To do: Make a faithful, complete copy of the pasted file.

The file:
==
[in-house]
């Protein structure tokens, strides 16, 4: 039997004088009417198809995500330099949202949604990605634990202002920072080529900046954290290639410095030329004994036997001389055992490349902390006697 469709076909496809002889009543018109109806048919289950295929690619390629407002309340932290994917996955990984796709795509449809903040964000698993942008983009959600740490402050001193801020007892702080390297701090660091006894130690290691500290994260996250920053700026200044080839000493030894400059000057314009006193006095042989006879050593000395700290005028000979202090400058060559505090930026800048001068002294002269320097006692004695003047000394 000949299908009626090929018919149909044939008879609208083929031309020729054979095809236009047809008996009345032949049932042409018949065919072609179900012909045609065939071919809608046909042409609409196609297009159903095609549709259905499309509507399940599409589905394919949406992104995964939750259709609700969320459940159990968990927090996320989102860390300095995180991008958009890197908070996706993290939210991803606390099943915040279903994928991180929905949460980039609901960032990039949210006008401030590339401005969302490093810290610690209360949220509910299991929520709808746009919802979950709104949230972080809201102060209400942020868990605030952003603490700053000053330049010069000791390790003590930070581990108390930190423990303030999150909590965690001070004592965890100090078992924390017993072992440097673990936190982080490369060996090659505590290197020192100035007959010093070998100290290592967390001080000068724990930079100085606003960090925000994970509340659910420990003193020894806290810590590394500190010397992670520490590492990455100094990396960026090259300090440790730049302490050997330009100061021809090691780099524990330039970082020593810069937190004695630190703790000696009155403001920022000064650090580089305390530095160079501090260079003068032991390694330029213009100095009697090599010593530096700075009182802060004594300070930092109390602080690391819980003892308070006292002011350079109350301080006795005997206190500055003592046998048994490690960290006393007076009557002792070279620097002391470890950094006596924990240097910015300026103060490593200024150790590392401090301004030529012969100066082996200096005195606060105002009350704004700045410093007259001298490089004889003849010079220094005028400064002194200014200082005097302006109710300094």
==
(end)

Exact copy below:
[in-house]
């Protein structure tokens, strides 16, 4: 039997004088009417198809995500330099949202949604990605634990202002920072080529900046954290290639410095030329004994036997001389055992490349902390006697 469709076909496809002889009543018109109806048919289950295929690619390629407002309340932290994917996955990984796709795509449809903040964000698993942008983009959600740490402050001193801020007892702080390297701090660091006894130690290691500290994260996250920053700026200044080839000493030894400059000057314009006193006095042989006879050593000395700290005028000979202090400058060559505090930026800048001068002294002269320097006692004695003047000394 000949299908009626090929018919149909044939008879609208083929031309020729054979095809236009047809008996009345032949049932042409018949065919072609179900012909045609065939071919809608046909042409609409196609297009159903095609549709259905499309509507399940599409589905394919949406992104995964939750259709609700969320459940159990968990927090996320989102860390300095995180991008958009890197908070996706993290939210991803606390099943915040279903994928991180929905949460980039609901960032990039949210006008401030590339401005969302490093810290610690209360949220509910299991929520709808746009919802979950709104949230972080809201102060209400942020868990605030952003603490700053000053330049010069000791390790003590930070581990108390930190423990303030999150909590965690001070004592965890100090078992924390017993072992440097673990936190982080490369060996090659505590290197020192100035007959010093070998100290290592967390001080000068724990930079100085606003960090925000994970509340659910420990003193020894806290810590590394500190010397992670520490590492990455100094990396960026090259300090440790730049302490050997330009100061021809090691780099524990330039970082020593810069937190004695630190703790000696009155403001920022000064650090580089305390530095160079501090260079003068032991390694330029213009100095009697090599010593530096700075009182802060004594300070930092109390602080690391819980003892308070006292002011350079109350301080006795005997206190500055003592046998048994490690960290006393007076009557002792070279620097002391470890950094006596924990240097910015300026103060490593200024150790590392401090301004030529012969100066082996200096005195606060105002009350704004700045410093007259001298490089004889003849010079220094005028400064002194200014200082005097302006109710300094």